Valentino: The Sartorial Superstar

January 31, 2012



Much like a film can be placed in time by its visual feel, so too can fashion, providing a winsome record of the world at large. In the 60s, we see the greater political outlook reflected in bohemian blouses and floral patterns. The 80s, with big shoulders and garish colors, evoked the revival of laissez-faire capitalism and political grandstanding. According to Garavani, fashion reflects the time in which we live. He says “it must also, like a movie or music, inspire and make people dream.” The museum is in this sense not only a source of inspiration but a visual tool for studying fashion and the last half-century’s social events. In a British Vogue article, Valentino refers to his museum’s concept as “future memory”—a glimpse of the past in an ultramodern medium. He says it is a way to “review the fashion that has shaped our lives.” 

Fashion and clothing are often considered superficially extravagant, but we all know the value of appearances. We live in a time when slobs are far too prevalent. The great hordes’ overall lack of finesse can be jarring. It is an unfortunate time for appearances, which is a shame because as Valentino points out, “today ready-to-wear has achieved a quality and sophistication that once belonged just to couture.” He says the only thing he would change about high street fashion would be to make things simpler: “Less va-va-voom…and more like an old American way to dress, a shirt…jeans…flat shoes.” If only more people took their cues from Mr. Valentino.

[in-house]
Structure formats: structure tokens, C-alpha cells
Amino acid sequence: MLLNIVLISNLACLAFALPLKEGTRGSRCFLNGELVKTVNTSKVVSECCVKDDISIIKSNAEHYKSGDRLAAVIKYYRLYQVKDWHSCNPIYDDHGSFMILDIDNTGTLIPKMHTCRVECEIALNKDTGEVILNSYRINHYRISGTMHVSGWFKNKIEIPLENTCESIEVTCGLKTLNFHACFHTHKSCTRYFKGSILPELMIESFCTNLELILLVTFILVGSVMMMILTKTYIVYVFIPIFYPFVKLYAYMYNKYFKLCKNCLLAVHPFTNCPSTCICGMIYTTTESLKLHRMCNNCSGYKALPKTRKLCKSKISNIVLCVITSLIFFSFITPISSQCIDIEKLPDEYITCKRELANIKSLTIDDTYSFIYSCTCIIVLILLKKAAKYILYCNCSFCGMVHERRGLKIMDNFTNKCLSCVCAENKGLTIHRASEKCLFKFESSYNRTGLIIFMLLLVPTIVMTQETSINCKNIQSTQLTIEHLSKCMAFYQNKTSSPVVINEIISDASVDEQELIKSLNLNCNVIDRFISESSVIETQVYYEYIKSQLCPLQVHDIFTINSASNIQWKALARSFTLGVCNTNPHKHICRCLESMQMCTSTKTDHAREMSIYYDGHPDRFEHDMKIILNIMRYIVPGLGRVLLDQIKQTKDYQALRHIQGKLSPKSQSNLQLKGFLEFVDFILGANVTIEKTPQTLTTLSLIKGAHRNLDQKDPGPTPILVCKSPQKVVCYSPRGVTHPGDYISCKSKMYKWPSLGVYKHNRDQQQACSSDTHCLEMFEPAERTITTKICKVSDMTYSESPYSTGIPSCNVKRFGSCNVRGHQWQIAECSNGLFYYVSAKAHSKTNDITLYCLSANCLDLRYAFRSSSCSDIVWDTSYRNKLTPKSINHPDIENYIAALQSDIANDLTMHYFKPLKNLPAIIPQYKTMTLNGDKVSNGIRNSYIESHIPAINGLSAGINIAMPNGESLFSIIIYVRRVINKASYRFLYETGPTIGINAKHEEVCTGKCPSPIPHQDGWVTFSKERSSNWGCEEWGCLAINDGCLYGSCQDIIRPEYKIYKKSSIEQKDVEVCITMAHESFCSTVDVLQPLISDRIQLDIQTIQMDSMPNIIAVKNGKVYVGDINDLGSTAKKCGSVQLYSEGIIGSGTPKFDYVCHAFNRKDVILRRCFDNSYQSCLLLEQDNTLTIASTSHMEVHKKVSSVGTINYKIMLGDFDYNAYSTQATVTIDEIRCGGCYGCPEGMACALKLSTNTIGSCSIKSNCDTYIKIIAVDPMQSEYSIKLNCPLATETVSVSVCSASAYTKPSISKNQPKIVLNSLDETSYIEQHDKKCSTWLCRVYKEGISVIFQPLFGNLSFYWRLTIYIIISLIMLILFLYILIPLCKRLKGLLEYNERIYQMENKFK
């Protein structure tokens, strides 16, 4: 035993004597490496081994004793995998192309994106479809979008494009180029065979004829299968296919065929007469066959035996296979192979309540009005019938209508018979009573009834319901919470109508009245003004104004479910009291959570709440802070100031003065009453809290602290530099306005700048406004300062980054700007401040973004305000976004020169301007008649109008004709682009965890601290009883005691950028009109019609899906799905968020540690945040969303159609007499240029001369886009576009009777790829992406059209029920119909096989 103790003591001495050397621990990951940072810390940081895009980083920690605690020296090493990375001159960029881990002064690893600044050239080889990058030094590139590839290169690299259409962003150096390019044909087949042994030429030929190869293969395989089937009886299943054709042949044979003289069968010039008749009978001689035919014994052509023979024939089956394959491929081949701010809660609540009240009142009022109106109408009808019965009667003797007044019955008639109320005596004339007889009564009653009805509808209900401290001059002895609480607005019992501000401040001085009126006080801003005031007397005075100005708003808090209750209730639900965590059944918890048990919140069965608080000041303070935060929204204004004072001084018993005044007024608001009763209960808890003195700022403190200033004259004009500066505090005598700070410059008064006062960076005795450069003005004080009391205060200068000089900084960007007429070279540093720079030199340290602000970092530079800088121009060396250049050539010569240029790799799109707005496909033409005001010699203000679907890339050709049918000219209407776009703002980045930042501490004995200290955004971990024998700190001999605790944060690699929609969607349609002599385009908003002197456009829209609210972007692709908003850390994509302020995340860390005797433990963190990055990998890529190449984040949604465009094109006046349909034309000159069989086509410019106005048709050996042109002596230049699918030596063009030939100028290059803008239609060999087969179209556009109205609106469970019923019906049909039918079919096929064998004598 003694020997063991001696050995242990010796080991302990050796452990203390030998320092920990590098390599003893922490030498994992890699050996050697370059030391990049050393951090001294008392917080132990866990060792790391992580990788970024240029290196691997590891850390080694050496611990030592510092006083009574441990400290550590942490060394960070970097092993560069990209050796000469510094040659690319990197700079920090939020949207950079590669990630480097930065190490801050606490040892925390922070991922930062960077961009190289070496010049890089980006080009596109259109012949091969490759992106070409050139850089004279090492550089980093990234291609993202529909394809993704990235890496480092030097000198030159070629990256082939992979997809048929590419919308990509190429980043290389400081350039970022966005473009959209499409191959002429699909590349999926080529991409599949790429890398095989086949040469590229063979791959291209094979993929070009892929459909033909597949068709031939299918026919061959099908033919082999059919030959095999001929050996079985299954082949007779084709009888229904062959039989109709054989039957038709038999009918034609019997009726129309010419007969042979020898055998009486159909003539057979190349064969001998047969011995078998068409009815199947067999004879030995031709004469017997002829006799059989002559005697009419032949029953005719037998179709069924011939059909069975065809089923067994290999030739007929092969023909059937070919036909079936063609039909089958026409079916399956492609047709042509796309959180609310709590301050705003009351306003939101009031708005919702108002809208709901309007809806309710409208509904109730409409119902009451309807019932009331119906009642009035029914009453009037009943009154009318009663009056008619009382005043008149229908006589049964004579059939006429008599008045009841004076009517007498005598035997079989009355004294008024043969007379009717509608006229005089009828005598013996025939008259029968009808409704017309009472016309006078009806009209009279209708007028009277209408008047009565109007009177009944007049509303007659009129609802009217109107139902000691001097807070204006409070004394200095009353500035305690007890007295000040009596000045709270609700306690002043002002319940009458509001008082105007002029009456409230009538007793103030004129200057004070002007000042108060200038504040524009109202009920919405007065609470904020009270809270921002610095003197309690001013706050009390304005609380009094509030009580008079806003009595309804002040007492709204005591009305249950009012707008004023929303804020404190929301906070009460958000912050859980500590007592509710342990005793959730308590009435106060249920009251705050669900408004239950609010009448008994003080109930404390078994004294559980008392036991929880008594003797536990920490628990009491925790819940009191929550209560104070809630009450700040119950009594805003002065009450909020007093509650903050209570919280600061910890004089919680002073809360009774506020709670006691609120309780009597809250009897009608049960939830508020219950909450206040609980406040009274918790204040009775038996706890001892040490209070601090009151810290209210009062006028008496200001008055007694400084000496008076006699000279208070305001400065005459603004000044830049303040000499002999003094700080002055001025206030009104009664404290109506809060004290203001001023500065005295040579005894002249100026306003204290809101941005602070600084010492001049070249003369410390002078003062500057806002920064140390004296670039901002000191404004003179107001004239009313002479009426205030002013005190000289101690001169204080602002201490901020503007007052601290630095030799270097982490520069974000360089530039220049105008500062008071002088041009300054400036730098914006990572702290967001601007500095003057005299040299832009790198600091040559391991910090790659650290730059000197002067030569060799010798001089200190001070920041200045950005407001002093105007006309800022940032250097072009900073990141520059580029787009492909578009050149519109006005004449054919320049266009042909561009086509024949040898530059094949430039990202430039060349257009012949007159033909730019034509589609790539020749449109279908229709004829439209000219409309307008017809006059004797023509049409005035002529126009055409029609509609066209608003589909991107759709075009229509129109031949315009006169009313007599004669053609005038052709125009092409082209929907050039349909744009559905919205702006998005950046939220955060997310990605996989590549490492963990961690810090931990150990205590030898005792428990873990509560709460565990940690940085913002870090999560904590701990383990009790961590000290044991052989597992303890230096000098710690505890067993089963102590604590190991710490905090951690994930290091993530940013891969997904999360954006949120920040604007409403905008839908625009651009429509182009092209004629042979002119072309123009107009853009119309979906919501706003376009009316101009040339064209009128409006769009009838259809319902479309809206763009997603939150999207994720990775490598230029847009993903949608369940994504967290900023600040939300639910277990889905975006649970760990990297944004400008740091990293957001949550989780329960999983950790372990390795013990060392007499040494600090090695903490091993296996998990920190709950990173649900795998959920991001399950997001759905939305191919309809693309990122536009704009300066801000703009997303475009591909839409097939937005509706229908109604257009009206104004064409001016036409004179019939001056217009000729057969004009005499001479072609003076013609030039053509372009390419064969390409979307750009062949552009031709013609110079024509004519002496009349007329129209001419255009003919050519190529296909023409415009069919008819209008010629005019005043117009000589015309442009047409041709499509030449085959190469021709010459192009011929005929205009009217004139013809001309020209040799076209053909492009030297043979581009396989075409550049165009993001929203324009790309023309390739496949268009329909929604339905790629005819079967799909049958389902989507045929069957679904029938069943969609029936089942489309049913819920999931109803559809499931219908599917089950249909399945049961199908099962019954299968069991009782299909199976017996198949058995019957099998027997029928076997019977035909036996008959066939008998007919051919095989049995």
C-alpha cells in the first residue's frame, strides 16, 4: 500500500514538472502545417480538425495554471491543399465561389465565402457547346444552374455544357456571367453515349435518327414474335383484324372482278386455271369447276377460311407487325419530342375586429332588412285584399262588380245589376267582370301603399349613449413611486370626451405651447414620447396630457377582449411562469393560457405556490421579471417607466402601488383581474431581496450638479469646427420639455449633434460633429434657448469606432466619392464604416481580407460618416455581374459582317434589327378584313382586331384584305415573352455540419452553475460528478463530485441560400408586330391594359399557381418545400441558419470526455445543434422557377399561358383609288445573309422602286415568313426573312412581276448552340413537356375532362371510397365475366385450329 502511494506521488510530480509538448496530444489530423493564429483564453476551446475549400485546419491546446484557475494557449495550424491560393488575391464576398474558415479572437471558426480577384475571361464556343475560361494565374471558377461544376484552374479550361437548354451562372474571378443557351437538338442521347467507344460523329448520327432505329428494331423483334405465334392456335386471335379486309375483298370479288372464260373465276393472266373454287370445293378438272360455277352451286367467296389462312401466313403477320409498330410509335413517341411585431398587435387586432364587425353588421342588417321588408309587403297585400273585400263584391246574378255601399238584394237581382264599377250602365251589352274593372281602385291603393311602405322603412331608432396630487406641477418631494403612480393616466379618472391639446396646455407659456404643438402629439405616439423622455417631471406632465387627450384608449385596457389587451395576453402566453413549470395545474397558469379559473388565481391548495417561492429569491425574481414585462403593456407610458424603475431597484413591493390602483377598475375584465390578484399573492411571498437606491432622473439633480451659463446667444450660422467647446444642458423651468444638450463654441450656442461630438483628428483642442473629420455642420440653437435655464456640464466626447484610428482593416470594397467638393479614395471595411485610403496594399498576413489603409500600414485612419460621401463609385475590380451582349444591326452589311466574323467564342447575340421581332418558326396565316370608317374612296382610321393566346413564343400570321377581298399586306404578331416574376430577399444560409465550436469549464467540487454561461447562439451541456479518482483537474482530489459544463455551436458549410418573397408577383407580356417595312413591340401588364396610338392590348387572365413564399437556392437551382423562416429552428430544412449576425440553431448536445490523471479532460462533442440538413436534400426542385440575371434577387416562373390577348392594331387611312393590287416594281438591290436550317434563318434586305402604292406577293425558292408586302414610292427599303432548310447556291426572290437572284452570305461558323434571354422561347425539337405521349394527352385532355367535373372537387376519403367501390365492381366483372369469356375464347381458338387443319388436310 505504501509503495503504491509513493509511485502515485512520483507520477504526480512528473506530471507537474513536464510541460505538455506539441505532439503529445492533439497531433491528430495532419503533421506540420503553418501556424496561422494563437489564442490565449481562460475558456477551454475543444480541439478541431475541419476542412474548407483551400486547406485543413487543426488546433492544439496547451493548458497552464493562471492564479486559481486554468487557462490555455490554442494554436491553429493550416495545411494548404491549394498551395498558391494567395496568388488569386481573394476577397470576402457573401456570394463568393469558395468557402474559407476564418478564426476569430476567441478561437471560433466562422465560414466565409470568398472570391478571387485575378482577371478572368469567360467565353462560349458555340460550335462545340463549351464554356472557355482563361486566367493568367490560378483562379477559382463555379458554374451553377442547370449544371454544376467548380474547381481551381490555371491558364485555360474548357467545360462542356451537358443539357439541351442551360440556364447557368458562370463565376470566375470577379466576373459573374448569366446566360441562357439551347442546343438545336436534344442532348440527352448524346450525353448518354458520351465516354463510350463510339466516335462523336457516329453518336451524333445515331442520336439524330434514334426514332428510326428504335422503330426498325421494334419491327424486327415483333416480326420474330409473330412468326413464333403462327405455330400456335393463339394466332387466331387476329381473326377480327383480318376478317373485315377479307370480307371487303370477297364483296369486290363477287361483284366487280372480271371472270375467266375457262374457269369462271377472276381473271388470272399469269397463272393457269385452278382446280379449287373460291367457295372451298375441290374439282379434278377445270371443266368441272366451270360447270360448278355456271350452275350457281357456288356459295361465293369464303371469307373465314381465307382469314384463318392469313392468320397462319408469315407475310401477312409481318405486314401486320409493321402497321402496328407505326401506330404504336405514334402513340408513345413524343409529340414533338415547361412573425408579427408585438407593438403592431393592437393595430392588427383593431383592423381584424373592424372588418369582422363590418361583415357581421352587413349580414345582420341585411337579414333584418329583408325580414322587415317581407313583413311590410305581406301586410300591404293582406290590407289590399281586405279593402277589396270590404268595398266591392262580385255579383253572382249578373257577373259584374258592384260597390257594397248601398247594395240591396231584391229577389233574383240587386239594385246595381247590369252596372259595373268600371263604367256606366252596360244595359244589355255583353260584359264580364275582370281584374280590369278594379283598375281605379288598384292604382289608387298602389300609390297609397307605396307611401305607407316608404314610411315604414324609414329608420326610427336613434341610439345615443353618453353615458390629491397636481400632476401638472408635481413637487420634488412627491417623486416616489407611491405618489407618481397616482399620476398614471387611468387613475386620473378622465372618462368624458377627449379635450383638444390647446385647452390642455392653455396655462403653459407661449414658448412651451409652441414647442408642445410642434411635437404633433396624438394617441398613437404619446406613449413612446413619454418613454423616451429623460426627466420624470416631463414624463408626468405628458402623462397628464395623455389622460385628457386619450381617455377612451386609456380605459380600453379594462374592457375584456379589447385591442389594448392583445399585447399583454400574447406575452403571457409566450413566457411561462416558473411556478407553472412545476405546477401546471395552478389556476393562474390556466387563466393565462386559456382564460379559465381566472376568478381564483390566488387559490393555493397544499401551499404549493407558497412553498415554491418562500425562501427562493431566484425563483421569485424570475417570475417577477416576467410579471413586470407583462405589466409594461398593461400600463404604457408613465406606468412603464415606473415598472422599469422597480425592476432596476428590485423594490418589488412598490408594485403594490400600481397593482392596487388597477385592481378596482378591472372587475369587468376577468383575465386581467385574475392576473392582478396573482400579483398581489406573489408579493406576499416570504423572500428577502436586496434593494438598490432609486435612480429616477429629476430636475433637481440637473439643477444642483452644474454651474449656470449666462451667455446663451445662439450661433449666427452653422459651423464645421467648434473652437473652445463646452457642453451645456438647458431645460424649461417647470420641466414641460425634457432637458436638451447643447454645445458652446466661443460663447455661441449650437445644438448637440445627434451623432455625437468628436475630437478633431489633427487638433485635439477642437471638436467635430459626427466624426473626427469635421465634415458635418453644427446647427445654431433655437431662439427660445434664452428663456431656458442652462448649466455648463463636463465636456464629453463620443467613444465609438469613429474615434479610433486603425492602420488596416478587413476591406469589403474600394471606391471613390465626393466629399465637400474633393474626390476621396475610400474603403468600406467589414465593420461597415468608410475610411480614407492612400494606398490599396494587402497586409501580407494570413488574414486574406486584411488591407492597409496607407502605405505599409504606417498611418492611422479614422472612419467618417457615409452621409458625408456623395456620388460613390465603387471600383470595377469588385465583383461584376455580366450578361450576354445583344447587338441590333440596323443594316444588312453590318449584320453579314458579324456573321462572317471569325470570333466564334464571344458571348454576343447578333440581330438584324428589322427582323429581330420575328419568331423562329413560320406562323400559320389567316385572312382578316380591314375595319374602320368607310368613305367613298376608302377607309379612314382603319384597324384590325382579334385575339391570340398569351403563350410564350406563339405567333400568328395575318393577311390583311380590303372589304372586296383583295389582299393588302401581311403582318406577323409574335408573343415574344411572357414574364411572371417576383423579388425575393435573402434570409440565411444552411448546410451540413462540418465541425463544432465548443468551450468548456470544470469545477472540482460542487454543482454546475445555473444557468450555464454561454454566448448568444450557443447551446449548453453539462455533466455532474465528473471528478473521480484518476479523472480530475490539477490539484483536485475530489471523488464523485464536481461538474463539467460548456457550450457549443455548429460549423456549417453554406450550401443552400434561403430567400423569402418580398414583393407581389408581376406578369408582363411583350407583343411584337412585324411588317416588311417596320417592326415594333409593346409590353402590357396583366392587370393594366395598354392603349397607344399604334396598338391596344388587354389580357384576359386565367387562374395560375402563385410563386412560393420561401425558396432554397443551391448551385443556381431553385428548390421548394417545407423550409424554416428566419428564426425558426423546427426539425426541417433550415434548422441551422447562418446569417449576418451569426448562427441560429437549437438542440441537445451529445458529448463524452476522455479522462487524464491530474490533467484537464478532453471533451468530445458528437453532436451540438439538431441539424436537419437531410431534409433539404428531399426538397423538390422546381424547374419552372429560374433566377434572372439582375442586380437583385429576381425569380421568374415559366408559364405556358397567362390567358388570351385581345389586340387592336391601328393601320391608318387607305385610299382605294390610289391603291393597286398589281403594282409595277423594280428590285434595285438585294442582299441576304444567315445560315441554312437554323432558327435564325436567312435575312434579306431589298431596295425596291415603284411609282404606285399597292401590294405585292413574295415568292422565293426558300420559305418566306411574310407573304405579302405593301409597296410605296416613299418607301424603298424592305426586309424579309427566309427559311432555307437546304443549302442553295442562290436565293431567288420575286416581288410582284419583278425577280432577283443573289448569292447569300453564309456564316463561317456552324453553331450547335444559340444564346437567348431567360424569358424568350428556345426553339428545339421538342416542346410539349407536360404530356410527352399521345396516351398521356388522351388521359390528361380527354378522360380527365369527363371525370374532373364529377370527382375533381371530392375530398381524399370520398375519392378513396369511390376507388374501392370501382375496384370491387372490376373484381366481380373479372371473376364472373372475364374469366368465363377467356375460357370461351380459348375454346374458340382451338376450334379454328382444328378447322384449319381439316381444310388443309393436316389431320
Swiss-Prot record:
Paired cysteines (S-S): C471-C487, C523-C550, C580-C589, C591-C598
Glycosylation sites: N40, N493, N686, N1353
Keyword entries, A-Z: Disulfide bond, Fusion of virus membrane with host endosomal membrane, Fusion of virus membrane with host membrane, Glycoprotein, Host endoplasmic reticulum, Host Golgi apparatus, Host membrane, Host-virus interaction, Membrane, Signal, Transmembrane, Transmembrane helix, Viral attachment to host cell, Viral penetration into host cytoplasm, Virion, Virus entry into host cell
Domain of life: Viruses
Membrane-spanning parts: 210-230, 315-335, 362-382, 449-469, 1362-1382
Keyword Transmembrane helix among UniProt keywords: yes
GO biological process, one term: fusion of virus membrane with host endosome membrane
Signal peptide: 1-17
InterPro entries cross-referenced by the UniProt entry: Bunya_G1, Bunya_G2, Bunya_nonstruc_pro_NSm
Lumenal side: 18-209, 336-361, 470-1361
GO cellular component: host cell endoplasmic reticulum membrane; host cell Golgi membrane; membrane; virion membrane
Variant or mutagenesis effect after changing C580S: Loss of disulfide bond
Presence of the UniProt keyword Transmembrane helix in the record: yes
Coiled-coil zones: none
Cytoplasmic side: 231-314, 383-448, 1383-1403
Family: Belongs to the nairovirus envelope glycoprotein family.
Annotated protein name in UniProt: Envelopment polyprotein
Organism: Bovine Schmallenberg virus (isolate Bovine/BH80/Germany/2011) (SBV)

Valentino says he is most proud of the style and identity he created. Giammetti, ever the businessman, looks to the present. He is most pleased that retirement can include projects such as this museum. 

Garavani and Giammetti live privileged lives surrounded by exceptional beauty. Their houses in Italy, France, England, and Switzerland betray the fact that they are true aesthetes. While it might be easy to envy the grandeur with which Valentino and Giammetti are surrounded, they deserve it more than anything because they earned it. Valentino has been a true creator of beauty, which is its own reward. Unlike some modern designers, Valentino has always behaved like a gentleman of the old school. Aspiring designers and creative individuals starting out will do well to take inspiration from Garavani and Giammetti.


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